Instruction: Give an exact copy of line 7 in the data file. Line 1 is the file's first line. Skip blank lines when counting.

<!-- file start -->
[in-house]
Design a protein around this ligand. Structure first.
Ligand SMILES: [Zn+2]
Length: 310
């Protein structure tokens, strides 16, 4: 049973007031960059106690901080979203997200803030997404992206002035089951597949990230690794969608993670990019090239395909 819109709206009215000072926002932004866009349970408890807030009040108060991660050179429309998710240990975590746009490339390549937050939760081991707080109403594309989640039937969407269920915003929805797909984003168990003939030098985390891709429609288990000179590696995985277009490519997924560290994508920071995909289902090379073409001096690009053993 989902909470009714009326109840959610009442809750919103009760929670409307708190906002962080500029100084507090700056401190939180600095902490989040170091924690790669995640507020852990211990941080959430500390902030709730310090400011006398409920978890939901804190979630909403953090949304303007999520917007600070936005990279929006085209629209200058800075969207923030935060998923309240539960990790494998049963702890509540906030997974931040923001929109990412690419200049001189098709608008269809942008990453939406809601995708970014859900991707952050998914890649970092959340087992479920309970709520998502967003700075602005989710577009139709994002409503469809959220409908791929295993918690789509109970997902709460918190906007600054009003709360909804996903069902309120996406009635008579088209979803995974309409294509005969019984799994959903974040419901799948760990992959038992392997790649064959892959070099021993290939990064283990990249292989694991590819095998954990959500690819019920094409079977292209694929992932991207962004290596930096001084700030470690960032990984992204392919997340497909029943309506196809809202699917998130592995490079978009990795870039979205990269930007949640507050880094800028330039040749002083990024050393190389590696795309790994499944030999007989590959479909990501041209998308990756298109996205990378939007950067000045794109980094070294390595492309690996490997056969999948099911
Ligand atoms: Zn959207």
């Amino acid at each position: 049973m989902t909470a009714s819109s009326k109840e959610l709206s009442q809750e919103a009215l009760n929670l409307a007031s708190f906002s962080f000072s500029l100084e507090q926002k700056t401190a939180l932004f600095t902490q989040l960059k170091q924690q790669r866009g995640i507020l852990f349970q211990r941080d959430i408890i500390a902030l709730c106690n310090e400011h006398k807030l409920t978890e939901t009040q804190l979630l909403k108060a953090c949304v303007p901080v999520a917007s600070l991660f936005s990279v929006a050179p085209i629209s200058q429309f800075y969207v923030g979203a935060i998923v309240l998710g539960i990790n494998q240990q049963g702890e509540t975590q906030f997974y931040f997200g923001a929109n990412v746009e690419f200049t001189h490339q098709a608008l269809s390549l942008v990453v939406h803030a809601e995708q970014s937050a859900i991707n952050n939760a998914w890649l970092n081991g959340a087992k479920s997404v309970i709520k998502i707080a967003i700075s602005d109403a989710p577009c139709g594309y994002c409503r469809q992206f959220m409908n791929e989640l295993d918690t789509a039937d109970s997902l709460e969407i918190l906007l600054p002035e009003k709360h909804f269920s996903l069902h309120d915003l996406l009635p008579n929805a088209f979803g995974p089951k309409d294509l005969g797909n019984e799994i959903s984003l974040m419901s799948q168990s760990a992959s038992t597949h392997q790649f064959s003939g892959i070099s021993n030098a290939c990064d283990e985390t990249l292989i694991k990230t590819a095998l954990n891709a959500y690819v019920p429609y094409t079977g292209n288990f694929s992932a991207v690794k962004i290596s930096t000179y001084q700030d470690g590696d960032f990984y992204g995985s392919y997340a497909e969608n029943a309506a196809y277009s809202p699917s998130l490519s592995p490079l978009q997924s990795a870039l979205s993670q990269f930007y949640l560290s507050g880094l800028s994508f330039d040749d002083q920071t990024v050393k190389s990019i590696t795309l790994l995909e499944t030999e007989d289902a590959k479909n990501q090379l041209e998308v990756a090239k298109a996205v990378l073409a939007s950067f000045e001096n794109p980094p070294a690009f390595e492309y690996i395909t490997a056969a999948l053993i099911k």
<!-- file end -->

């Amino acid at each position: 049973m989902t909470a009714s819109s009326k109840e959610l709206s009442q809750e919103a009215l009760n929670l409307a007031s708190f906002s962080f000072s500029l100084e507090q926002k700056t401190a939180l932004f600095t902490q989040l960059k170091q924690q790669r866009g995640i507020l852990f349970q211990r941080d959430i408890i500390a902030l709730c106690n310090e400011h006398k807030l409920t978890e939901t009040q804190l979630l909403k108060a953090c949304v303007p901080v999520a917007s600070l991660f936005s990279v929006a050179p085209i629209s200058q429309f800075y969207v923030g979203a935060i998923v309240l998710g539960i990790n494998q240990q049963g702890e509540t975590q906030f997974y931040f997200g923001a929109n990412v746009e690419f200049t001189h490339q098709a608008l269809s390549l942008v990453v939406h803030a809601e995708q970014s937050a859900i991707n952050n939760a998914w890649l970092n081991g959340a087992k479920s997404v309970i709520k998502i707080a967003i700075s602005d109403a989710p577009c139709g594309y994002c409503r469809q992206f959220m409908n791929e989640l295993d918690t789509a039937d109970s997902l709460e969407i918190l906007l600054p002035e009003k709360h909804f269920s996903l069902h309120d915003l996406l009635p008579n929805a088209f979803g995974p089951k309409d294509l005969g797909n019984e799994i959903s984003l974040m419901s799948q168990s760990a992959s038992t597949h392997q790649f064959s003939g892959i070099s021993n030098a290939c990064d283990e985390t990249l292989i694991k990230t590819a095998l954990n891709a959500y690819v019920p429609y094409t079977g292209n288990f694929s992932a991207v690794k962004i290596s930096t000179y001084q700030d470690g590696d960032f990984y992204g995985s392919y997340a497909e969608n029943a309506a196809y277009s809202p699917s998130l490519s592995p490079l978009q997924s990795a870039l979205s993670q990269f930007y949640l560290s507050g880094l800028s994508f330039d040749d002083q920071t990024v050393k190389s990019i590696t795309l790994l995909e499944t030999e007989d289902a590959k479909n990501q090379l041209e998308v990756a090239k298109a996205v990378l073409a939007s950067f000045e001096n794109p980094p070294a690009f390595e492309y690996i395909t490997a056969a999948l053993i099911k």